The gap in the standard of living between Asians near the top and the bottom of the income ladder nearly doubled from 1970 to 2016. Amid rising inequality overall, Asians displaced blacks as the most economically divided major U.S. racial or ethnic group.
Income inequality nearly doubled among Asians in the U.S. from 1970 to 2016. Sizable income gaps persist across racial and ethnic groups, a new study finds.
The charts below show the distributions of white, black, Hispanic and Asian adults in the U.S. by their incomes in 1970 and 2016.
Women in STEM jobs are more likely than their male counterparts to have experienced discrimination in the workplace and to believe that discrimination is a major reason there are not more women in STEM.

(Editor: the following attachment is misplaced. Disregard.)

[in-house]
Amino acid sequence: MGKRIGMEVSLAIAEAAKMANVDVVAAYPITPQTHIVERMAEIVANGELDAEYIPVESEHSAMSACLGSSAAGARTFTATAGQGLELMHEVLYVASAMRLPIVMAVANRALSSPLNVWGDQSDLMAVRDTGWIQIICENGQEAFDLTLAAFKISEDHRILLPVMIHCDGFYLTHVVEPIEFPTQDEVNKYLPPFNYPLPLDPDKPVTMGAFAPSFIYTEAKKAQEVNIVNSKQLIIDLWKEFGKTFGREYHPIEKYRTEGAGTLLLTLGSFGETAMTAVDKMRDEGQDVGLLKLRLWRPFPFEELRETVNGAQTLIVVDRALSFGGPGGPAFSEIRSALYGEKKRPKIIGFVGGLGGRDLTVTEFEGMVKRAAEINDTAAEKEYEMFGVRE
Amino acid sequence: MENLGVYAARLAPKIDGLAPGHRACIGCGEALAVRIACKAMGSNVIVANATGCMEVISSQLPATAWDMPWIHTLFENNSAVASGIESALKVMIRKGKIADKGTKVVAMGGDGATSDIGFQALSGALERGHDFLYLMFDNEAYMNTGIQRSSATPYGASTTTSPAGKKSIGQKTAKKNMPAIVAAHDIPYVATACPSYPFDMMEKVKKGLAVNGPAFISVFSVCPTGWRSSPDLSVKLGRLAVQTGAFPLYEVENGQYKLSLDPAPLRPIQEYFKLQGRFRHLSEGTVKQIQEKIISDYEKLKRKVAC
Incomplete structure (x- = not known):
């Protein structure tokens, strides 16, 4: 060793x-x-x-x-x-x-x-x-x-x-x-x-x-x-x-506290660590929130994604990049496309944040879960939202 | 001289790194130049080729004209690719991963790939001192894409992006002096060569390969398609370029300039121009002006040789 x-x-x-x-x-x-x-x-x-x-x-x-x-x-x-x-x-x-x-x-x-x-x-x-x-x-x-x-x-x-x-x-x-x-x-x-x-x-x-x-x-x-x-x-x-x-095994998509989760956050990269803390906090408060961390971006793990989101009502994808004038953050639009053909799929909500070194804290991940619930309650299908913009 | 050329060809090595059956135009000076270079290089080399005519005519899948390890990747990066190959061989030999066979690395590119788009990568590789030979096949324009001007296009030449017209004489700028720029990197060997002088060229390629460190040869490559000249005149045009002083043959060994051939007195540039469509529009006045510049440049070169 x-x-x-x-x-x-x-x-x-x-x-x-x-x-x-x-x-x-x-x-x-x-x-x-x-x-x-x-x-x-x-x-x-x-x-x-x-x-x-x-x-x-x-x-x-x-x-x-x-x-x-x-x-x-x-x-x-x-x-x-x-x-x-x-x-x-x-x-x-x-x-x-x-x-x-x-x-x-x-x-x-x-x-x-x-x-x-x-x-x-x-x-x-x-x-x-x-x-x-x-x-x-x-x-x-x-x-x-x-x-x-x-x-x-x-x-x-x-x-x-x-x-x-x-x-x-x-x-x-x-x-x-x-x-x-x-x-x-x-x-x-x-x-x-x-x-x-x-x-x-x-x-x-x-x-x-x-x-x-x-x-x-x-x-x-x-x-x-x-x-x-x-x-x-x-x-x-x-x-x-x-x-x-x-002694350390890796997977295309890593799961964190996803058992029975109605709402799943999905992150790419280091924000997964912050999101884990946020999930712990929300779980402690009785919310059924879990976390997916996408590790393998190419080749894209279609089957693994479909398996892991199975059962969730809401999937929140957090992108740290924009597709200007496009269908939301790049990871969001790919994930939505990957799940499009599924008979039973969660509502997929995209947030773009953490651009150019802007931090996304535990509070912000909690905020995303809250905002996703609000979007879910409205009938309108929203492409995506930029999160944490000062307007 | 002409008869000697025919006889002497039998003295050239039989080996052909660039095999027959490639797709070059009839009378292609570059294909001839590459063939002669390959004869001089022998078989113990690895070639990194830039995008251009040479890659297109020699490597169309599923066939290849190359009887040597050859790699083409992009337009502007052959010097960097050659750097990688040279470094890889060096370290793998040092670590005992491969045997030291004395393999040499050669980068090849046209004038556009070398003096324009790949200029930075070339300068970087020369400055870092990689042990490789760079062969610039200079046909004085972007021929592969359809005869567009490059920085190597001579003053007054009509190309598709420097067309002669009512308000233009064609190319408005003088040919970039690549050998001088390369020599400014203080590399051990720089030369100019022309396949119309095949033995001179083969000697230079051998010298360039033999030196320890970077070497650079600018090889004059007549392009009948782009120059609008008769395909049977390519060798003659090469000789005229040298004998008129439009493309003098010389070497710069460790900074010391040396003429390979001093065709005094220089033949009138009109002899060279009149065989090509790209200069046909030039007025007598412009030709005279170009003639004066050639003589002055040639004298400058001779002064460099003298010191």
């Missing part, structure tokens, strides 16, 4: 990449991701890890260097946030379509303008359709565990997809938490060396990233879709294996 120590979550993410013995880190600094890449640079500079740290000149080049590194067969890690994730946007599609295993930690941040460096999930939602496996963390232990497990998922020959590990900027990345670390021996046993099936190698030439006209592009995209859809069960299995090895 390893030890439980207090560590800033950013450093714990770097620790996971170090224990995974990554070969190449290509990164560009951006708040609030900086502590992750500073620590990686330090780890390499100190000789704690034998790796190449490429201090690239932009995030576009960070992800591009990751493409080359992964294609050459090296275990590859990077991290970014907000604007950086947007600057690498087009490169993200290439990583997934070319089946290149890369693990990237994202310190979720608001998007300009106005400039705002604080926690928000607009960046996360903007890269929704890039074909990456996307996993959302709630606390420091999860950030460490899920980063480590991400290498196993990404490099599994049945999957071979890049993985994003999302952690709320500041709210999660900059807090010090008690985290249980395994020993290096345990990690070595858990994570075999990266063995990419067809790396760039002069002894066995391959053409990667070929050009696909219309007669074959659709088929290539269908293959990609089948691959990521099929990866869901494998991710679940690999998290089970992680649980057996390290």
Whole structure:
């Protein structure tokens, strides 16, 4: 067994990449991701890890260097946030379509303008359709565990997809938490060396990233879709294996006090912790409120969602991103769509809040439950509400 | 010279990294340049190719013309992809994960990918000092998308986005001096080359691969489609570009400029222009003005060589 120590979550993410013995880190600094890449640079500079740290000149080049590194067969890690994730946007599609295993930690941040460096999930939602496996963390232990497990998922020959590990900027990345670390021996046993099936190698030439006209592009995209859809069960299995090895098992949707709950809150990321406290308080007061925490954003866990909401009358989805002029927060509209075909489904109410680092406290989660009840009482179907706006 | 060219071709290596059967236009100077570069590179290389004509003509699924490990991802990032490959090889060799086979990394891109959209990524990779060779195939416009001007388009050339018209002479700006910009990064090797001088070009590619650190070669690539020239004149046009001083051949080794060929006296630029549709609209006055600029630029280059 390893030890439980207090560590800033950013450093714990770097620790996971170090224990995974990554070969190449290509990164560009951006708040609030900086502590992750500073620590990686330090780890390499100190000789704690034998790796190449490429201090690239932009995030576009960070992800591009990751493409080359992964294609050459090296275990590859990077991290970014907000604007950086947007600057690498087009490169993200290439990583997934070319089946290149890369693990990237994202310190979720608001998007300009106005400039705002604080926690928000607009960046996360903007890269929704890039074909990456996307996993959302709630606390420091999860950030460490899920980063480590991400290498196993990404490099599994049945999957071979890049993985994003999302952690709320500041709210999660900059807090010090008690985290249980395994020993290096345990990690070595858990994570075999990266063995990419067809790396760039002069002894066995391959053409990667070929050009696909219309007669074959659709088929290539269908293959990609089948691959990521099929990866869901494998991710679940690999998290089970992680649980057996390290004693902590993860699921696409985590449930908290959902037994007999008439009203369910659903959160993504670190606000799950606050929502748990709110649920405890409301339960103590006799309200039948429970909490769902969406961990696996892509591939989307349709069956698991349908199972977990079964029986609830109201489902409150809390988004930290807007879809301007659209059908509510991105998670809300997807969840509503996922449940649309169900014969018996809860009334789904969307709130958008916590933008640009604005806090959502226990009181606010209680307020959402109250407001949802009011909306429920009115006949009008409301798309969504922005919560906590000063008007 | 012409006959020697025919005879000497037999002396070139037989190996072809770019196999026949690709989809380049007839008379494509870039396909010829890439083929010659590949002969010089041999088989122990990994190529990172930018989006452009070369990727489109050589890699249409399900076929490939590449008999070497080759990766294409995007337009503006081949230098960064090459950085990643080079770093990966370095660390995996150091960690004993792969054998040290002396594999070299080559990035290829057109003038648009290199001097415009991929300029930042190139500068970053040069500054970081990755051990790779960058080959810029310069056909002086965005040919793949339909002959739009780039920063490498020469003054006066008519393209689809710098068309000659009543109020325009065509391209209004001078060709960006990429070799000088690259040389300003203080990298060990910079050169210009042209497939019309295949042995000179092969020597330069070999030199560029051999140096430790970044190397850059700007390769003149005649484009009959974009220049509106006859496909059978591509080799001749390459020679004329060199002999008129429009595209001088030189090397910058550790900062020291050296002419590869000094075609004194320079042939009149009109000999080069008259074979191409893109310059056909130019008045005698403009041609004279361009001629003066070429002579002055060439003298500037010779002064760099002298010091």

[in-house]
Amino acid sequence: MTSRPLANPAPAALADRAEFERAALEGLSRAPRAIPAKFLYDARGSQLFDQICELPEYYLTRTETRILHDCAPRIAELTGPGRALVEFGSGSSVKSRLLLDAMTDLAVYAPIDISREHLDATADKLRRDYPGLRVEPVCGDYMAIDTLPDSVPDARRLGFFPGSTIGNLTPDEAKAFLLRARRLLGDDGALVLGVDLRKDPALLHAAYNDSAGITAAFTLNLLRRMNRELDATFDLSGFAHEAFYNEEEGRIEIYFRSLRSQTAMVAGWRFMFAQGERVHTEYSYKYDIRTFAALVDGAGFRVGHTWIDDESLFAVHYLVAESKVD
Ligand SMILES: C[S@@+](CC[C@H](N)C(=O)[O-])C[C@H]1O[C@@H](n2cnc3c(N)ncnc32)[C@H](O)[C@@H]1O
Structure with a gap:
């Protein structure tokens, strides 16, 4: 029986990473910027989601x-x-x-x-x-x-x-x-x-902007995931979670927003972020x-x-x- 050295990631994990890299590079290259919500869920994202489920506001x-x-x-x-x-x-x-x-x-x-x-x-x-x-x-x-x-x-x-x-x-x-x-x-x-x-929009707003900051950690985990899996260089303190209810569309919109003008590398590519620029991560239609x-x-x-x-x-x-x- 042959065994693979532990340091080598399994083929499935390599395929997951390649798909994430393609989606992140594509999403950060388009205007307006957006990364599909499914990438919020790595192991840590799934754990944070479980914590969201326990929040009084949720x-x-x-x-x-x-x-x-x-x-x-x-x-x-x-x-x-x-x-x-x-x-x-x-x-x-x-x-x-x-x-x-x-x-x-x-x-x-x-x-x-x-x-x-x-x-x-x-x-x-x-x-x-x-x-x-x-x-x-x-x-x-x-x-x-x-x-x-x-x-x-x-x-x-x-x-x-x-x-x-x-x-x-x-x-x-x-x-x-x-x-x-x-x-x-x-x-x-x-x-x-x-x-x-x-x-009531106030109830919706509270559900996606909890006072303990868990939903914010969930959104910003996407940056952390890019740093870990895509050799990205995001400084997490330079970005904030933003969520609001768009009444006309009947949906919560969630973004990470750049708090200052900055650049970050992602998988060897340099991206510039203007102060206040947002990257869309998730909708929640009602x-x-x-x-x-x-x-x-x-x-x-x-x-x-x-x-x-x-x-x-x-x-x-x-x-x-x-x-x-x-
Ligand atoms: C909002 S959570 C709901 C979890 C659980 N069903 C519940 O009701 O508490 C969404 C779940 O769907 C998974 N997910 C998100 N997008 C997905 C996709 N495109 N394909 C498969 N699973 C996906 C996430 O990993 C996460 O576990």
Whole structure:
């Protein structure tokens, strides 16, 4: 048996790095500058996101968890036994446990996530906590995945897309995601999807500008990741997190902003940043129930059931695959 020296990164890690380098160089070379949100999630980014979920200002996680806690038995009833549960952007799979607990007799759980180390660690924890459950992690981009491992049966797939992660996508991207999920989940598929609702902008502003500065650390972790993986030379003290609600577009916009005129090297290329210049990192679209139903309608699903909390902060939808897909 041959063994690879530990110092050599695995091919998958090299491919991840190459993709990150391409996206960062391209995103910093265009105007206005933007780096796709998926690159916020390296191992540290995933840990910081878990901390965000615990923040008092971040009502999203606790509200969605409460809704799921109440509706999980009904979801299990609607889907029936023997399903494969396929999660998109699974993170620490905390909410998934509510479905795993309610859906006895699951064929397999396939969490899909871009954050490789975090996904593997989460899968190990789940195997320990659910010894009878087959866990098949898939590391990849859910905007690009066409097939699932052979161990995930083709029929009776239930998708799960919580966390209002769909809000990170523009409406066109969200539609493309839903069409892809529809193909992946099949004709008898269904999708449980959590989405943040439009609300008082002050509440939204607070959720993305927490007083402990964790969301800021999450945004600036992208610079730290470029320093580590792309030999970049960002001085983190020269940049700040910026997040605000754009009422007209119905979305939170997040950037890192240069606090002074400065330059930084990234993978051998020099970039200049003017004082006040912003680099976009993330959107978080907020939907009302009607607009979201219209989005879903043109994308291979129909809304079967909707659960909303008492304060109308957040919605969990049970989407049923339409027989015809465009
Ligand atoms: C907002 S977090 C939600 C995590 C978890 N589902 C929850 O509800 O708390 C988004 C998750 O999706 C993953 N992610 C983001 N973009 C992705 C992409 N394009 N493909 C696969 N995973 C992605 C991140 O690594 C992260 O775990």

Nearly all Muslim Americans (97%) say they take pride in being a member of the Islamic faith. But their devotion to core religious beliefs and practices is only part of a religious identity.
Lawful immigrants account for three-quarters of the foreign-born population in the U.S. – 33.8 million people out of 44.7 million people in 2015.
There were nearly 40 million Americans with a disability in 2015, representing 12.6% of the civilian non-institutionalized population.
About a million immigrants receive U.S. green cards each year, but fewer than half are new arrivals from other countries. The majority already live in the United States on temporary visas.
Intermarriage has increased steadily since the 1967 Loving v. Virginia ruling. Here are more key findings about interracial and interethnic marriage and families.
A half-century after the Supreme Court legalized interracial marriage in the United States, 18% of all cohabiting adults have a partner of a different race or ethnicity – similar to the share of U.S. newlyweds who have a spouse of a different race or ethnicity (17%).